Four weeks into the US government shutdown, cash-strapped federal workers are tapping life savings, selling possessions and turning to soup kitchens to make ends meet – ramping up pressure on Wednesday for leaders in Washington to strike a deal.
Communities from Washington to Kodiak, Alaska are feeling increasing pain, with the cutoff of paychecks to families snowballing to hit stores and businesses dependent on their spending.
Volunteer groups are collecting food to hand out, towns are organising job fairs, and banks and telecommunications firms have loosened rules on payments, all to cushion the hardship.
In Washington, celebrated chef Jose Andres launched a “ChefsforFeds” program with a new “food kitchen” offering free meals to hard-hit workers on Pennsylvania Avenue – halfway between the White House and Congress.
In Pennsylvania, West Virginia and other states, furloughed federal workers were getting advice on applying for unemployment benefits.
And in Middletown, New York, Pets Alive, an animal shelter, announced free dog and cat food for the pets of families hit by the shutdown.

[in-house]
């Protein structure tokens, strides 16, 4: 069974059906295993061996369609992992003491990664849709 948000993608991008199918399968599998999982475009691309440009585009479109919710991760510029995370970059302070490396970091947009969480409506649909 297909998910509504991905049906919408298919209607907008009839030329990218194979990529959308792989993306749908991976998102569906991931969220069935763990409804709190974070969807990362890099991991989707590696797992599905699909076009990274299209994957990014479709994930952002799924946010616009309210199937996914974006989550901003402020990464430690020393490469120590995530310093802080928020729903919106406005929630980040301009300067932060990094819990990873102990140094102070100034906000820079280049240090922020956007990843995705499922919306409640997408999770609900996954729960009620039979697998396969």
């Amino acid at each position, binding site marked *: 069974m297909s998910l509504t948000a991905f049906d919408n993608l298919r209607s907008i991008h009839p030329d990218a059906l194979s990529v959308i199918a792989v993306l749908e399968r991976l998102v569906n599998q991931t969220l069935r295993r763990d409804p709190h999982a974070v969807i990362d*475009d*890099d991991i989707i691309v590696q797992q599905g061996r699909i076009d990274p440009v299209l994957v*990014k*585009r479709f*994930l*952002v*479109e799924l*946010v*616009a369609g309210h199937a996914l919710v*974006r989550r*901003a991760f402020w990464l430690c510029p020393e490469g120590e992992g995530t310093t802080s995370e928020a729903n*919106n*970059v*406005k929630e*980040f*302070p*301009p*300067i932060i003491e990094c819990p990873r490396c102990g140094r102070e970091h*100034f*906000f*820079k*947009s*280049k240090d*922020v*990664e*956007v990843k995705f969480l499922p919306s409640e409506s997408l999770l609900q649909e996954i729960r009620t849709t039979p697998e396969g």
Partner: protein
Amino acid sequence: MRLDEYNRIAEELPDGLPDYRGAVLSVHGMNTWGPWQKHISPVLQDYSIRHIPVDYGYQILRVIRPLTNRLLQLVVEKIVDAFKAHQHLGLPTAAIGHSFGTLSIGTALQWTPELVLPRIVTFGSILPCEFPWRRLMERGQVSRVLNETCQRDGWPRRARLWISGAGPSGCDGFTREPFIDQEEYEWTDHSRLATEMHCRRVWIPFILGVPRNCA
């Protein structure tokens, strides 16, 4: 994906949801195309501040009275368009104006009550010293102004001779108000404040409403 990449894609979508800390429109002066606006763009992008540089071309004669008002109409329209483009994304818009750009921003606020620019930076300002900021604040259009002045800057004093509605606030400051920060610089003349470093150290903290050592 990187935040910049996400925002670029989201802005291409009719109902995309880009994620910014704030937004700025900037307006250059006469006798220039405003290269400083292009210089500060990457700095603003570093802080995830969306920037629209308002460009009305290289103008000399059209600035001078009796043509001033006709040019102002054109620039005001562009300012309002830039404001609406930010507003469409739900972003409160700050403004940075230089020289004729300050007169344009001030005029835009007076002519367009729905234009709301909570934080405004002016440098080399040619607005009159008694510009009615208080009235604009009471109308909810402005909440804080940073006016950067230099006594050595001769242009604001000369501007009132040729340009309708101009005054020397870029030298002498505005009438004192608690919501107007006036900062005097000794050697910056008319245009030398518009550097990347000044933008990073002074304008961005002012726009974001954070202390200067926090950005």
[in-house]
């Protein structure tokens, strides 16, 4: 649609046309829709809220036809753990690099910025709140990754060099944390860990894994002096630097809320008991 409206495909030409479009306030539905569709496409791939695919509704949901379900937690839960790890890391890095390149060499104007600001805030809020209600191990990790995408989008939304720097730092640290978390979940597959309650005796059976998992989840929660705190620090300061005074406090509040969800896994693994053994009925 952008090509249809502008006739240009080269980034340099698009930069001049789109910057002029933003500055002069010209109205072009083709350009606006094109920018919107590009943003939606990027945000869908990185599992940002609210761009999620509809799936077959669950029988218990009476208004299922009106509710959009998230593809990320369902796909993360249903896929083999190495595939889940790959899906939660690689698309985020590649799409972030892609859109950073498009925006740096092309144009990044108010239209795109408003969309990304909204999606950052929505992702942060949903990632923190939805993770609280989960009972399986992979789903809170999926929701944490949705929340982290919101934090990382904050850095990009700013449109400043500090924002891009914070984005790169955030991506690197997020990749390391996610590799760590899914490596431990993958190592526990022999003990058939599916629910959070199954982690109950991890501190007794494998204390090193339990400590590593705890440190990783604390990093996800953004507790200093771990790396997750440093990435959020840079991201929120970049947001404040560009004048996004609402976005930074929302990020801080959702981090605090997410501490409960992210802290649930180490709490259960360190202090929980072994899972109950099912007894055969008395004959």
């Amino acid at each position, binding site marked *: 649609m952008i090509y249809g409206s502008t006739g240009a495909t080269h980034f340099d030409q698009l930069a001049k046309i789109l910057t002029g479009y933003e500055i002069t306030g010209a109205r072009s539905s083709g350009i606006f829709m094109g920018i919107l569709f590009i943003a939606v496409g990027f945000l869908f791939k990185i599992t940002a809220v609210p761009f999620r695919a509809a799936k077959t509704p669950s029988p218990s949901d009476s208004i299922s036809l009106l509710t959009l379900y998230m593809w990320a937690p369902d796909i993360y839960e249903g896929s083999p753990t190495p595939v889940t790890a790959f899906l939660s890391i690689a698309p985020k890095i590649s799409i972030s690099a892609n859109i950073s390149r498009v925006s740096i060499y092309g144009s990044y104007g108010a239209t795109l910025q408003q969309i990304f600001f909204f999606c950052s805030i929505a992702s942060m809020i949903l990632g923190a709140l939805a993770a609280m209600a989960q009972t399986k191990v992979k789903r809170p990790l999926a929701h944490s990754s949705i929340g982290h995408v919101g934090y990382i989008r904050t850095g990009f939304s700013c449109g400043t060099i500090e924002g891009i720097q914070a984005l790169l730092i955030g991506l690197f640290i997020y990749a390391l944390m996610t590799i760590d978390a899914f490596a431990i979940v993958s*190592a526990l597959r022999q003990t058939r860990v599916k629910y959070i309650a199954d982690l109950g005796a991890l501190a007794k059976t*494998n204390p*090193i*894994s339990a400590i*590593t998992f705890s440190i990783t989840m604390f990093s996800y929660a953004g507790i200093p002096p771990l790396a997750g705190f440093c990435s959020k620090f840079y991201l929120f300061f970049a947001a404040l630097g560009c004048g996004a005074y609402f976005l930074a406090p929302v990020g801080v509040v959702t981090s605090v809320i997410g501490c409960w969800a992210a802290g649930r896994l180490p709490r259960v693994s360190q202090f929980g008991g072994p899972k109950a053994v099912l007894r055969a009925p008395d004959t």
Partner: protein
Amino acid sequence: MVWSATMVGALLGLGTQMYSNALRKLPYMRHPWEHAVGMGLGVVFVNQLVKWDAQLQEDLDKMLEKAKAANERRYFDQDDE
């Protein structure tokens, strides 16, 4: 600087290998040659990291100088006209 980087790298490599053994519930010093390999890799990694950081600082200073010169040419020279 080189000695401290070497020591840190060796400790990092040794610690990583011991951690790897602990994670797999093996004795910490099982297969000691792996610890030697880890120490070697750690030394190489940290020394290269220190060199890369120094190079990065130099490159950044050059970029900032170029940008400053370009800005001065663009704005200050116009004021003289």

“We will provide 1 bag of food per family, Need proof of fed employment,” they announced.
By afternoon on Wednesday, there was no sign of a breakthrough in the faceoff between US President Donald Trump and Democrats in Congress, which led to the partial shutdown of the government on December 22.
More than 800 000 federal workers didn’t get paid last week, pain shared by several million more contractors who also have been idled by the shutdown – many of them low-paid service workers who live paycheck to paycheck.
Trump insists he won’t agree to open the government until Congress signs off on his demand for $5.7bn to build a border wall, which he argues is needed to prevent illegal immigration.
“It is becoming more and more obvious that the Radical Democrats are a Party of open borders and crime. They want nothing to do with the major humanitarian Crisis on our Southern Border,” Trump tweeted on Wednesday.